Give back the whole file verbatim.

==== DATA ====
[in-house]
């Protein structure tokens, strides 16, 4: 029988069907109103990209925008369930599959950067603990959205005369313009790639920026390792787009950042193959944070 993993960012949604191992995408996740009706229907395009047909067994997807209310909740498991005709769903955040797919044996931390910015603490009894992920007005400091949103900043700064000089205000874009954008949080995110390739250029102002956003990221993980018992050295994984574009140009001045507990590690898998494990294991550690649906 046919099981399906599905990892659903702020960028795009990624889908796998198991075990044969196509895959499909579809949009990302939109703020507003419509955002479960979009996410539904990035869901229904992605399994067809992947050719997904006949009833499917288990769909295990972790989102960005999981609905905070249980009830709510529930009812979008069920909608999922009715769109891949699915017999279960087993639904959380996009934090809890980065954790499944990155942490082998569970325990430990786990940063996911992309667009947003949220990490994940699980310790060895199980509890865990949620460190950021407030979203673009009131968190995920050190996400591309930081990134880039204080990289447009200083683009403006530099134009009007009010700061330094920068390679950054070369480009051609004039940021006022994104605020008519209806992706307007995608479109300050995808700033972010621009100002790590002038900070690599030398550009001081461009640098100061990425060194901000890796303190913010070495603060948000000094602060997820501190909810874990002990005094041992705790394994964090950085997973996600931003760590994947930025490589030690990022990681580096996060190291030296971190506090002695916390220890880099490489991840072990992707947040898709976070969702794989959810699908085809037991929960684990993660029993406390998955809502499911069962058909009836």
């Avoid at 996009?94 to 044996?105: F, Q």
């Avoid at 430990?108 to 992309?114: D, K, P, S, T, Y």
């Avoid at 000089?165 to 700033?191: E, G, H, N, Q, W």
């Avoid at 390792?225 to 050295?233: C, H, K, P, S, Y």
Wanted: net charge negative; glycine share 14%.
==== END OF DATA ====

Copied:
[in-house]
């Protein structure tokens, strides 16, 4: 029988069907109103990209925008369930599959950067603990959205005369313009790639920026390792787009950042193959944070 993993960012949604191992995408996740009706229907395009047909067994997807209310909740498991005709769903955040797919044996931390910015603490009894992920007005400091949103900043700064000089205000874009954008949080995110390739250029102002956003990221993980018992050295994984574009140009001045507990590690898998494990294991550690649906 046919099981399906599905990892659903702020960028795009990624889908796998198991075990044969196509895959499909579809949009990302939109703020507003419509955002479960979009996410539904990035869901229904992605399994067809992947050719997904006949009833499917288990769909295990972790989102960005999981609905905070249980009830709510529930009812979008069920909608999922009715769109891949699915017999279960087993639904959380996009934090809890980065954790499944990155942490082998569970325990430990786990940063996911992309667009947003949220990490994940699980310790060895199980509890865990949620460190950021407030979203673009009131968190995920050190996400591309930081990134880039204080990289447009200083683009403006530099134009009007009010700061330094920068390679950054070369480009051609004039940021006022994104605020008519209806992706307007995608479109300050995808700033972010621009100002790590002038900070690599030398550009001081461009640098100061990425060194901000890796303190913010070495603060948000000094602060997820501190909810874990002990005094041992705790394994964090950085997973996600931003760590994947930025490589030690990022990681580096996060190291030296971190506090002695916390220890880099490489991840072990992707947040898709976070969702794989959810699908085809037991929960684990993660029993406390998955809502499911069962058909009836």
């Avoid at 996009?94 to 044996?105: F, Q």
């Avoid at 430990?108 to 992309?114: D, K, P, S, T, Y």
């Avoid at 000089?165 to 700033?191: E, G, H, N, Q, W």
């Avoid at 390792?225 to 050295?233: C, H, K, P, S, Y």
Wanted: net charge negative; glycine share 14%.